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Miranda of a Suspect Who has Already Waived His Miranda Rights

The California Supreme Court recently upheld a death penalty case where one of the suspects was in custody for a series of robberies and was given his Miranda warnings which he waived. Around 5 hours later officers from a different department interrogated the suspect about a murder but did not Mirandize the suspect.  One of the questions presented was whether the subsequent officers were required to Mirandize the suspect?  The California Supreme Court held that they did not and set out a checklist officers should be aware of in this factual scenario. 

Facts of the Case

Santa Clara Police detectives responded to a scene of a homicide at approximately 8:15 a.m. on January 29, 1991. Officers observed the victim and spoke to an assistant manager of the store. Based on his responses, they noted that this homicide had to have been committed by someone with knowledge of the store and its security. 

Detectives looked through personnel files and noted two people had recently been fired from the store.  They also learned that those two individuals, including defendant Spencer,  were in custody in San Jose on unrelated robberies.  The detectives made their way to the San Jose Police Department and arrived shortly after midnight.

The Interrogation

On January 29 at around 11:30 p.m., San Jose robbery detectives questioned the defendant about the San Jose robberies. The defendant was validly advised and waived Miranda and spoke about some robberies. San Jose detectives were unaware of the murder when the interview was conducted. That interview ended and Spencer remained in custody at the Stan Jose Police Department.

Five hours passed between the time when he waived his Miranda rights in the San Jose robbery case and when the Santa Clara detectives investigating the homicide began their interrogation.  The following exchange took place:

“Detective: We’re from Santa Clara Police Department. Okay, uh, I understand you already talked to one of the San Jose detectives. Is that correct?

“Spencer: Yes, I have.

“Detective: Okay. And I understand you . . .

“Spencer: I’ve admitted to being involved in a robbery.

“Detective: Okay. And he read you, uh, your rights?

“Spencer: Yes.

“Detective: Did you understand your rights?

“Spencer: Yes.

“Detective: Okay. And you waived your rights.

“Spencer: Yes.”

A bit later the Santa Clara detective asked, “Where did you spend the night last night? First of all, you understand your rights. You’re willing to talk to us. Is that correct?” to which Spencer answered, “Yes.” The interrogation continued apace from there, with Spencer eventually confessing to participating in the robbery-murder and stabbing the victim multiple times on the way out the door. After getting the details to the crime, the detective once more brought up the Miranda rights. Spencer again confirmed he was read “[his] Miranda rights,” that “I know my Miranda rights,” and that he understood those rights. The Santa Clara interrogation terminated shortly thereafter.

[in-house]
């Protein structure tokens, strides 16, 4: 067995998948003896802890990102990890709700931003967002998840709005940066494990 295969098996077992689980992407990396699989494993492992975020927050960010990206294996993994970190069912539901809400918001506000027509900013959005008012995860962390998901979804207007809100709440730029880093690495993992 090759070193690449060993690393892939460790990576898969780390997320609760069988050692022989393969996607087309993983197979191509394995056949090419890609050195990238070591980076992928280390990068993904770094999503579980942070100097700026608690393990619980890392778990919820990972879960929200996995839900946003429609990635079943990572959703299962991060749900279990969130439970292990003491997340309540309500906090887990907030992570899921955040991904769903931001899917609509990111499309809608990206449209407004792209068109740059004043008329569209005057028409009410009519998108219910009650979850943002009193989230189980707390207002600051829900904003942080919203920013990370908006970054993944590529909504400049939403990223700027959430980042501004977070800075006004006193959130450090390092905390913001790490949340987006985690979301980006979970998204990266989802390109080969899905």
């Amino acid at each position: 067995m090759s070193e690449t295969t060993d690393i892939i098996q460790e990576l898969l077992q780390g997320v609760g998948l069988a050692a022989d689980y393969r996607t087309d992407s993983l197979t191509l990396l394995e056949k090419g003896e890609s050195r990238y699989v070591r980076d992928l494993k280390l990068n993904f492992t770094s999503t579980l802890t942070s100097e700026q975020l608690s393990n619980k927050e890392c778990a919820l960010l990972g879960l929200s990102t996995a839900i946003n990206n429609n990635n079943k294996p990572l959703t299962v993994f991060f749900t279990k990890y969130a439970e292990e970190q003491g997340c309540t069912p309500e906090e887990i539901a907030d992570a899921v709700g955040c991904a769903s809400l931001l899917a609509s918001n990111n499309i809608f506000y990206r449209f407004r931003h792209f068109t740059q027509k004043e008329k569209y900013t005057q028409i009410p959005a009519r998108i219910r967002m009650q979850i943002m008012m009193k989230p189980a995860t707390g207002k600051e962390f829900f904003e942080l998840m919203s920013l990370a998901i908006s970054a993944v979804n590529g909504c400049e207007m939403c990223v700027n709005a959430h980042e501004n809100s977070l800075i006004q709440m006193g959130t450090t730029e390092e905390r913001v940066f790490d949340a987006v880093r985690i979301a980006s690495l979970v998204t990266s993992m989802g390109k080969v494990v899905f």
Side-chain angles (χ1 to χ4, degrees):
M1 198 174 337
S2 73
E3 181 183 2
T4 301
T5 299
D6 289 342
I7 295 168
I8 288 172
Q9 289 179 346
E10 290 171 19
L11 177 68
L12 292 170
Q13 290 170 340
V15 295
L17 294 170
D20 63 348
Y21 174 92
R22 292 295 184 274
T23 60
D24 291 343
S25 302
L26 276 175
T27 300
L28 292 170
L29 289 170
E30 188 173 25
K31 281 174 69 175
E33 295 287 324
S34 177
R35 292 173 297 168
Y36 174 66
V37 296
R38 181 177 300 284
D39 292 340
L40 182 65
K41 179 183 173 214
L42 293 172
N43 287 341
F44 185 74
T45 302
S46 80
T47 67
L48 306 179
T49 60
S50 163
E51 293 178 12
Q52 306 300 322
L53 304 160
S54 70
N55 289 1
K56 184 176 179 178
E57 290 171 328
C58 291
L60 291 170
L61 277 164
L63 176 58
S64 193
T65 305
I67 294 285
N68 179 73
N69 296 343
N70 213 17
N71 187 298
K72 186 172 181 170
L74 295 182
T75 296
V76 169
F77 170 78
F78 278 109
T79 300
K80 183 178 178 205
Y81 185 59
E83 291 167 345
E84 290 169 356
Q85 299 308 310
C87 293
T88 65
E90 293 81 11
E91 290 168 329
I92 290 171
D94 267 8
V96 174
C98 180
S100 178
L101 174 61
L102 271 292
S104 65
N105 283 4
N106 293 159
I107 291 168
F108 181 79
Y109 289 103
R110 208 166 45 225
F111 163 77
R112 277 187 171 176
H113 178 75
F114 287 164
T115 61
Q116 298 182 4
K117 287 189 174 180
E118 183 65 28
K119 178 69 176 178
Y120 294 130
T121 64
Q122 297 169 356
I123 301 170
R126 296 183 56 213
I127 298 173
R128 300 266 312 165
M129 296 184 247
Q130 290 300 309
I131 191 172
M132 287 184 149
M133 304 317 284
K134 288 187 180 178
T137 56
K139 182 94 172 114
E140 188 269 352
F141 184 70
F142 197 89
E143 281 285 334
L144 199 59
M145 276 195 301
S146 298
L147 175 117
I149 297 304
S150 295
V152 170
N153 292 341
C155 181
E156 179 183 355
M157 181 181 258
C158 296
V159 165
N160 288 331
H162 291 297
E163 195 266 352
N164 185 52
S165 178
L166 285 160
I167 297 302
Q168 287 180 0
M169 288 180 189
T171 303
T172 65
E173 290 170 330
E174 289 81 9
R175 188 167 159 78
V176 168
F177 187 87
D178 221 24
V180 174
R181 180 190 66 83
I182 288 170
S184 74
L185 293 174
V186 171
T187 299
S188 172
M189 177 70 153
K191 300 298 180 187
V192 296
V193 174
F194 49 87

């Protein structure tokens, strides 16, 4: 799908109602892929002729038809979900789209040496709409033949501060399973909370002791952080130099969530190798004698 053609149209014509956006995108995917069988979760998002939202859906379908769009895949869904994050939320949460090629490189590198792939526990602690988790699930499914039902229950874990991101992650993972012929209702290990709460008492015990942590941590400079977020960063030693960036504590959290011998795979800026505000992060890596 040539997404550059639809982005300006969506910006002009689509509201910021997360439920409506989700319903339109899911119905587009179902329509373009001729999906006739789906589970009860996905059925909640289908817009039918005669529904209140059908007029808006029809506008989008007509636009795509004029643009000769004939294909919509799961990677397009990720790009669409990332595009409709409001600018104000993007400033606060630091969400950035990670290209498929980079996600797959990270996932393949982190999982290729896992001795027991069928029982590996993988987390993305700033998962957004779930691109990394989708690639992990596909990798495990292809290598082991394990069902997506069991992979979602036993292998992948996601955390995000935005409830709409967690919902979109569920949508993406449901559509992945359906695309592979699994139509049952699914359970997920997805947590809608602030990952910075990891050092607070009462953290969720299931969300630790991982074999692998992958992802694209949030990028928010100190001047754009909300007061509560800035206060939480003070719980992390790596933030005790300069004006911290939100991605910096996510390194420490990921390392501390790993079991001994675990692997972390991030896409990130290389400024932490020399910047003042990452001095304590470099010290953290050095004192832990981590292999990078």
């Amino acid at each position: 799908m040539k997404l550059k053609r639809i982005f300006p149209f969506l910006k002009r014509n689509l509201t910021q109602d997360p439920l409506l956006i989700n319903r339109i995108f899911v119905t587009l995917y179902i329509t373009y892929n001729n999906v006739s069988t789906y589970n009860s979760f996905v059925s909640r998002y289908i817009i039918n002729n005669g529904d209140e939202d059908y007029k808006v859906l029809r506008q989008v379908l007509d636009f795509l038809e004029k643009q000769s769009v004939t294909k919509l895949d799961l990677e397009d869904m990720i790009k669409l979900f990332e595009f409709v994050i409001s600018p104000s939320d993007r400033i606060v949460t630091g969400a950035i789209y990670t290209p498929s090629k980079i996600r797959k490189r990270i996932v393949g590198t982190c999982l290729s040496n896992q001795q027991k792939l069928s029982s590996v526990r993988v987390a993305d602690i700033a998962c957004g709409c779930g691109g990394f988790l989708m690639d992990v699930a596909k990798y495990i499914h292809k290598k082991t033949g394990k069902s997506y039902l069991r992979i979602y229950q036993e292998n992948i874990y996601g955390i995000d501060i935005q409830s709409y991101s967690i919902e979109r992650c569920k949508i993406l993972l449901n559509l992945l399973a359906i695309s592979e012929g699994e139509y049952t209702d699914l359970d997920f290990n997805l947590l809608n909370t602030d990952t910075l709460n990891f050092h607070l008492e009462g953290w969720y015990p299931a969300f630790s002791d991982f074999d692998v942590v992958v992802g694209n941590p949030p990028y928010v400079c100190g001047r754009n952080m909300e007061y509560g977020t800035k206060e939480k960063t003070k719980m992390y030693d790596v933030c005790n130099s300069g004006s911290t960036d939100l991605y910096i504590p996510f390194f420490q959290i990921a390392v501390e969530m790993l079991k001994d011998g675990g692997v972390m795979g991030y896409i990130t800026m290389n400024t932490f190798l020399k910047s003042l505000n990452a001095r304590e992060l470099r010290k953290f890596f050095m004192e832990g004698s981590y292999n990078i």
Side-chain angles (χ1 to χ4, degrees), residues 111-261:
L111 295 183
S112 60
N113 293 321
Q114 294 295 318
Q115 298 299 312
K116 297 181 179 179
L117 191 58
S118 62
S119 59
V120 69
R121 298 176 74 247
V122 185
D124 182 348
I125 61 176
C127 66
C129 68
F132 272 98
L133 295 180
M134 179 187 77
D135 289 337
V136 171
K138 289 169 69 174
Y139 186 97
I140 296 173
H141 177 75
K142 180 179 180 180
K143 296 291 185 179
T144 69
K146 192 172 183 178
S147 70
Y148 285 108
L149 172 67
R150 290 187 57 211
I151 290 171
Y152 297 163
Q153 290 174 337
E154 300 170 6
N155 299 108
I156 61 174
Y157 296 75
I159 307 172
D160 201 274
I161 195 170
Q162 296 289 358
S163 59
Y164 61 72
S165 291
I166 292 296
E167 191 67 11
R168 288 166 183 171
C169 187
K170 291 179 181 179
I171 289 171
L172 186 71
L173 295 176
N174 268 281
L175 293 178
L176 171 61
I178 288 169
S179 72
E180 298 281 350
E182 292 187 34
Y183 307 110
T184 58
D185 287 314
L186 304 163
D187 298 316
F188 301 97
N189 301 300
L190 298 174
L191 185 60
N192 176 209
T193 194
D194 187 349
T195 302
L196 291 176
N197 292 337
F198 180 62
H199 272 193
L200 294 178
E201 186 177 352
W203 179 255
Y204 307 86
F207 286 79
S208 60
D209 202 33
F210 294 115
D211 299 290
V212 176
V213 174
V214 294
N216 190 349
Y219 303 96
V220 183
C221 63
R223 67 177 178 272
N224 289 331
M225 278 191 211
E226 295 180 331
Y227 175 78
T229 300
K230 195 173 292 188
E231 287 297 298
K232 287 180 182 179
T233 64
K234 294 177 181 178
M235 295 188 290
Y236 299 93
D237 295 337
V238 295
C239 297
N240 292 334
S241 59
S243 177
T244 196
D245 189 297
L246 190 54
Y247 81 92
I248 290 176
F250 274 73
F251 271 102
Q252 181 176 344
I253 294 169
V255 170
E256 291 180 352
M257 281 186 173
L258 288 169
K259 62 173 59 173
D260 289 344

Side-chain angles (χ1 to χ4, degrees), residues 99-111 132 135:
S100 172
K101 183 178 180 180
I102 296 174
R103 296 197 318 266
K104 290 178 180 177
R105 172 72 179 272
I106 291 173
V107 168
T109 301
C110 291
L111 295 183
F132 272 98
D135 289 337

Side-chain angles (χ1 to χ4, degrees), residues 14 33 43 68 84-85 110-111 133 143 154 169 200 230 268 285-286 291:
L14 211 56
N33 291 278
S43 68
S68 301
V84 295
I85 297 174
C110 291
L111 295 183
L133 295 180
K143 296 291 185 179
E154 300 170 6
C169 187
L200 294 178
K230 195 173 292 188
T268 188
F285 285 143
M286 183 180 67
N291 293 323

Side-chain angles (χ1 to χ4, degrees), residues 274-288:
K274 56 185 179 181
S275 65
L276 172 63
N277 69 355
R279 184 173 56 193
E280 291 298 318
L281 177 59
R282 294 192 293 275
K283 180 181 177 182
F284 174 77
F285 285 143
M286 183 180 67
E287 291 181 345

The Santa Clara murder interrogation ended at approximately 5:30 a.m. on January 30, about an hour and a half after it began.


The defendant moved to suppress his confession.  He first conceded he was properly advised of his Miranda rights by the San Jose detective and knowingly and voluntarily waived those rights as to the robbery investigation.  Nonetheless, the defendant argued the officers from Santa Clara were under an obligation to readvise him of his Miranda rights when he interrogated him about the murder.


The California Supreme Court held where a subsequent interrogation is “reasonably contemporaneous” with the prior waiver, and the prior waiver was “knowing and intelligent,” police need not undertake a Miranda readvisement.  In determining whether a subsequent interrogation is reasonably contemporaneous, courts look at the totality of the circumstances. Relevant considerations include: 1) the amount of time that has passed since the initial waiver; 2) any change in the identity of the interrogator or location of the interrogation; 3) an official reminder of the prior advisement; 4) the suspect’s sophistication or past experience with law enforcement; and 5) further indicia that the defendant subjectively understands and waives his rights


The court here found that the Santa Clara murder interrogation was reasonably contemporaneous to the waiver of rights, there was no change in the scene of interrogation, Spencer remained in custody, and the detectives reminded Spencer of his prior advisement and waiver. Also, Spencer acknowledged that he understood the advisement and waiver of rights. Both the motion to suppress and appeal were denied. 

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